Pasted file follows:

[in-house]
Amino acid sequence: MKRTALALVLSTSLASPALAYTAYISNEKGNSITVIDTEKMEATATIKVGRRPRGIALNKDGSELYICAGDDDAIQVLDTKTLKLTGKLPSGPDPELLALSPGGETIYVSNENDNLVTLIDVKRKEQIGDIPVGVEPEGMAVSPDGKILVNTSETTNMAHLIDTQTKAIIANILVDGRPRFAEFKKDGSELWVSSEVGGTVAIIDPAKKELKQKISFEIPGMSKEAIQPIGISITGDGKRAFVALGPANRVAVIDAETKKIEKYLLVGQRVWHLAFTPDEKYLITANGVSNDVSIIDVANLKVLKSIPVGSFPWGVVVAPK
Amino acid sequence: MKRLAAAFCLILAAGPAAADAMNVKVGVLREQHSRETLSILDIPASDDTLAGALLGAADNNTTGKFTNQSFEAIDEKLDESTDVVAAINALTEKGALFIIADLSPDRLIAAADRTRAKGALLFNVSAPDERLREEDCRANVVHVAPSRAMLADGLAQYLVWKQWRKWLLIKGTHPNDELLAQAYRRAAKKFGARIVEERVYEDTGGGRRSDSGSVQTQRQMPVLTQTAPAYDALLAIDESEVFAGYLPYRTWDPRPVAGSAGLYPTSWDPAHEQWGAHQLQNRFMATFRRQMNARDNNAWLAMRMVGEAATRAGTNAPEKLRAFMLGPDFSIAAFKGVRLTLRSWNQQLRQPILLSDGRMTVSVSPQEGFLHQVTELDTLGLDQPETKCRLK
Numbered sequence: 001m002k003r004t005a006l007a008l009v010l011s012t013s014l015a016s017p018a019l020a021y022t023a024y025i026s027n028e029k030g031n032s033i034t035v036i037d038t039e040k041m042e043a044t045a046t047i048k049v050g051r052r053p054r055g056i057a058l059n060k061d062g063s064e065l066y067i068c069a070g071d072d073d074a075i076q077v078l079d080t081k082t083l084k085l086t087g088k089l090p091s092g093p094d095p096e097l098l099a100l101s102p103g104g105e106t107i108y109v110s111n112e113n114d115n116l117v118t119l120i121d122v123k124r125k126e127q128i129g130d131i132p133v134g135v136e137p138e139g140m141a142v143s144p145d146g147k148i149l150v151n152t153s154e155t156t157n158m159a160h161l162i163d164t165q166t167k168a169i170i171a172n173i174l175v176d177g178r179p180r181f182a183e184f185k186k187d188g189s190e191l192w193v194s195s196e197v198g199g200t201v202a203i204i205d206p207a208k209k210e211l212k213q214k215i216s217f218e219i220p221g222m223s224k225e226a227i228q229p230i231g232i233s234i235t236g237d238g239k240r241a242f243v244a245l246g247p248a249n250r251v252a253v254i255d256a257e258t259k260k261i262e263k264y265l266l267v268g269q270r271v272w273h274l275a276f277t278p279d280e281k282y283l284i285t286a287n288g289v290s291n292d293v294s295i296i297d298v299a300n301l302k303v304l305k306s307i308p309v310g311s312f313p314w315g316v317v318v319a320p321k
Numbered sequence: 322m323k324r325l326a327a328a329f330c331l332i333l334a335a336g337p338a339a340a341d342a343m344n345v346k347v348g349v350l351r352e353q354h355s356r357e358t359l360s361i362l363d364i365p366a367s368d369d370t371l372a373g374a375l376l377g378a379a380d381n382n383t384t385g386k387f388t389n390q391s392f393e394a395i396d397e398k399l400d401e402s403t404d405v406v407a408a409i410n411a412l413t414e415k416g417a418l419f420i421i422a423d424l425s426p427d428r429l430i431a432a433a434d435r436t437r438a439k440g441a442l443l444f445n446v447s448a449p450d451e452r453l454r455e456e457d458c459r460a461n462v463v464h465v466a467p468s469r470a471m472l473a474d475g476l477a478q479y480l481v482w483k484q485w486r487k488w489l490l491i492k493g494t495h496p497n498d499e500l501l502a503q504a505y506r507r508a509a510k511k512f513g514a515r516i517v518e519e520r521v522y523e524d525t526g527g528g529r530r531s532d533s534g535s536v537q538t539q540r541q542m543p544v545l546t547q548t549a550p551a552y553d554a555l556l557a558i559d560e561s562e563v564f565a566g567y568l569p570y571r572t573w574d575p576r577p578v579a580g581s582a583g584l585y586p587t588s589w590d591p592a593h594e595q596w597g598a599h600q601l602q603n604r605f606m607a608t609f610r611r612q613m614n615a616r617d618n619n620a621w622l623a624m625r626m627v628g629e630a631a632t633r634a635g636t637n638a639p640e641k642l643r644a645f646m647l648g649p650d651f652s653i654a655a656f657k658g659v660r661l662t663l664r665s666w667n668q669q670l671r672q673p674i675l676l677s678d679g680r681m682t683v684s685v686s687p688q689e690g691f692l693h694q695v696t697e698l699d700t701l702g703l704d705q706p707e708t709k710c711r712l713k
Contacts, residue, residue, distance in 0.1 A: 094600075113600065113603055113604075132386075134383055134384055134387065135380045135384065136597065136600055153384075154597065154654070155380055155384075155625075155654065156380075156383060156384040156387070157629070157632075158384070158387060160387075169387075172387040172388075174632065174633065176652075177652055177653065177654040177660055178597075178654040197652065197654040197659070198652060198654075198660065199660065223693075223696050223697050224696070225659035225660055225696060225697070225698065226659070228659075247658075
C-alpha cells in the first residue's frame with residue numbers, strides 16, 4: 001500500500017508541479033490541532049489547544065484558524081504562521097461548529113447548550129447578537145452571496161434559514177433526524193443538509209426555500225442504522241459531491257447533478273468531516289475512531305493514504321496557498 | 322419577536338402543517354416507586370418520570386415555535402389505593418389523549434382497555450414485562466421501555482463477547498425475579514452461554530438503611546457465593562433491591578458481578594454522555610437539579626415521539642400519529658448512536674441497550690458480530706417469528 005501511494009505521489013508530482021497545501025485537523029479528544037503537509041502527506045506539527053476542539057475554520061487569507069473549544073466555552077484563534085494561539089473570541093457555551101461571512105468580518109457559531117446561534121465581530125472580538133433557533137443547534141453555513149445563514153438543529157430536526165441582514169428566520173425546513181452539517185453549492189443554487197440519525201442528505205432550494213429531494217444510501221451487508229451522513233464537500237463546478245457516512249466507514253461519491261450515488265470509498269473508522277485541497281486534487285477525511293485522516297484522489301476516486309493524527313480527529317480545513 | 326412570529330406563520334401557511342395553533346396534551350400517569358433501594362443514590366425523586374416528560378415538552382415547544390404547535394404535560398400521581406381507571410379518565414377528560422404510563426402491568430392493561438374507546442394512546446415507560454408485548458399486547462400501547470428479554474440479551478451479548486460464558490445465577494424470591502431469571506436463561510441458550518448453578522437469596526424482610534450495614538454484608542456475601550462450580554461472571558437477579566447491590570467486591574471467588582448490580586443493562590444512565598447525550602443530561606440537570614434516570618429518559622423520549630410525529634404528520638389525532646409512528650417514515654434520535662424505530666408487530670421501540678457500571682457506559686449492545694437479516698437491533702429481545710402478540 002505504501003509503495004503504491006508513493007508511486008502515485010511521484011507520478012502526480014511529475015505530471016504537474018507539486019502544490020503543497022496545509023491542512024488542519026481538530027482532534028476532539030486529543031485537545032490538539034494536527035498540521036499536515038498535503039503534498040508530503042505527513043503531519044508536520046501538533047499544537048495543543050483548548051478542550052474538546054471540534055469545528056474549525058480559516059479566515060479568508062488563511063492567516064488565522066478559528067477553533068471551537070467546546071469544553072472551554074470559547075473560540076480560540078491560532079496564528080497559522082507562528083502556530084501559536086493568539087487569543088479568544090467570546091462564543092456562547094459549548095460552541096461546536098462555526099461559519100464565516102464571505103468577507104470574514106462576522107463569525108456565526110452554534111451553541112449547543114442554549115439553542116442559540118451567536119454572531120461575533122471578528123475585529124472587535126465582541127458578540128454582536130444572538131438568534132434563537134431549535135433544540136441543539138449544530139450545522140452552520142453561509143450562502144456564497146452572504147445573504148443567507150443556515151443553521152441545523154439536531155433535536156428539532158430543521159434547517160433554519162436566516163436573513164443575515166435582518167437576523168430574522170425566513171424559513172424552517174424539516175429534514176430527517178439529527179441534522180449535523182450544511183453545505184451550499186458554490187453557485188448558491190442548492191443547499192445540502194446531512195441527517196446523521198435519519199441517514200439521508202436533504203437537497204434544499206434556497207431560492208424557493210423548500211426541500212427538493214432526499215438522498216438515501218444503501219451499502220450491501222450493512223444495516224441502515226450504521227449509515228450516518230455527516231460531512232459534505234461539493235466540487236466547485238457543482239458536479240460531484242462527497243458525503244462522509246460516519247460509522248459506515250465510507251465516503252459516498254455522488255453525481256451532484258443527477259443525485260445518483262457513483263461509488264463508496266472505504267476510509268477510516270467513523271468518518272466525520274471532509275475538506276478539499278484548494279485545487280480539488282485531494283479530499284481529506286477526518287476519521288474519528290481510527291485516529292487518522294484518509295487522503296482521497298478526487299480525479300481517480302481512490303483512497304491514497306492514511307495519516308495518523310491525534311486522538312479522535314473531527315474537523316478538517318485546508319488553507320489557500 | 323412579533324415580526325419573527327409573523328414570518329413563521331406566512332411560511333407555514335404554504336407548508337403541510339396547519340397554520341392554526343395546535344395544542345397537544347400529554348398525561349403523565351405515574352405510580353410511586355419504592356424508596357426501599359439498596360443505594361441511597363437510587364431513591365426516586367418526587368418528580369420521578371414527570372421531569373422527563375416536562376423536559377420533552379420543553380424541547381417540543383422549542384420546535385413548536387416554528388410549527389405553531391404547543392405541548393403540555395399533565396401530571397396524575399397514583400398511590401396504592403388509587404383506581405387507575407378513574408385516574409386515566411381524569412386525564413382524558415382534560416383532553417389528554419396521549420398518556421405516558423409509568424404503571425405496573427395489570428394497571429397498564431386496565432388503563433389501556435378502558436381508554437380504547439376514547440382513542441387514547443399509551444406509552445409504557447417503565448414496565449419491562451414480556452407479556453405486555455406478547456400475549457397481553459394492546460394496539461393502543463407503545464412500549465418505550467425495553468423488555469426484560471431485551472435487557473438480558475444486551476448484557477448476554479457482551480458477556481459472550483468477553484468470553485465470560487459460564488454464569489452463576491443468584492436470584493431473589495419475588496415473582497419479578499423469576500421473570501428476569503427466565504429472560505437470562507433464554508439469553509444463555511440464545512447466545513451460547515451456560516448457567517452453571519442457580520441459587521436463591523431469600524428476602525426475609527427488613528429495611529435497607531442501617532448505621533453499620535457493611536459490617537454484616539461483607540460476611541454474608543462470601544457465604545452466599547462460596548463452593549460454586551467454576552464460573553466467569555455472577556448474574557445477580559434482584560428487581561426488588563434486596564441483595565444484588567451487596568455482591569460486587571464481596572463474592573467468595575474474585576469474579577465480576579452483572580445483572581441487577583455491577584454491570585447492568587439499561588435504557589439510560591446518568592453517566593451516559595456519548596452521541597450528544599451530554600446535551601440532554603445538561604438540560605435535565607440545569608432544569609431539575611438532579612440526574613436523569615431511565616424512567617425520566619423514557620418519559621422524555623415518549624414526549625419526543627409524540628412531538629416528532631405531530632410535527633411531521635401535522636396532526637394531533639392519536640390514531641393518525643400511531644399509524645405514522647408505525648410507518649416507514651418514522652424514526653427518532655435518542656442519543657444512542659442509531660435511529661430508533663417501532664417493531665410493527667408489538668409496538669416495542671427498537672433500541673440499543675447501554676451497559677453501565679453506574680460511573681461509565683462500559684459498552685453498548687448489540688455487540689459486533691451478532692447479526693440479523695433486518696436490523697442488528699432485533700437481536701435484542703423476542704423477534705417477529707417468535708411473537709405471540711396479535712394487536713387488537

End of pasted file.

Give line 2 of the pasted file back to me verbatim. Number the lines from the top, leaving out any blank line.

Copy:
Amino acid sequence: MKRTALALVLSTSLASPALAYTAYISNEKGNSITVIDTEKMEATATIKVGRRPRGIALNKDGSELYICAGDDDAIQVLDTKTLKLTGKLPSGPDPELLALSPGGETIYVSNENDNLVTLIDVKRKEQIGDIPVGVEPEGMAVSPDGKILVNTSETTNMAHLIDTQTKAIIANILVDGRPRFAEFKKDGSELWVSSEVGGTVAIIDPAKKELKQKISFEIPGMSKEAIQPIGISITGDGKRAFVALGPANRVAVIDAETKKIEKYLLVGQRVWHLAFTPDEKYLITANGVSNDVSIIDVANLKVLKSIPVGSFPWGVVVAPK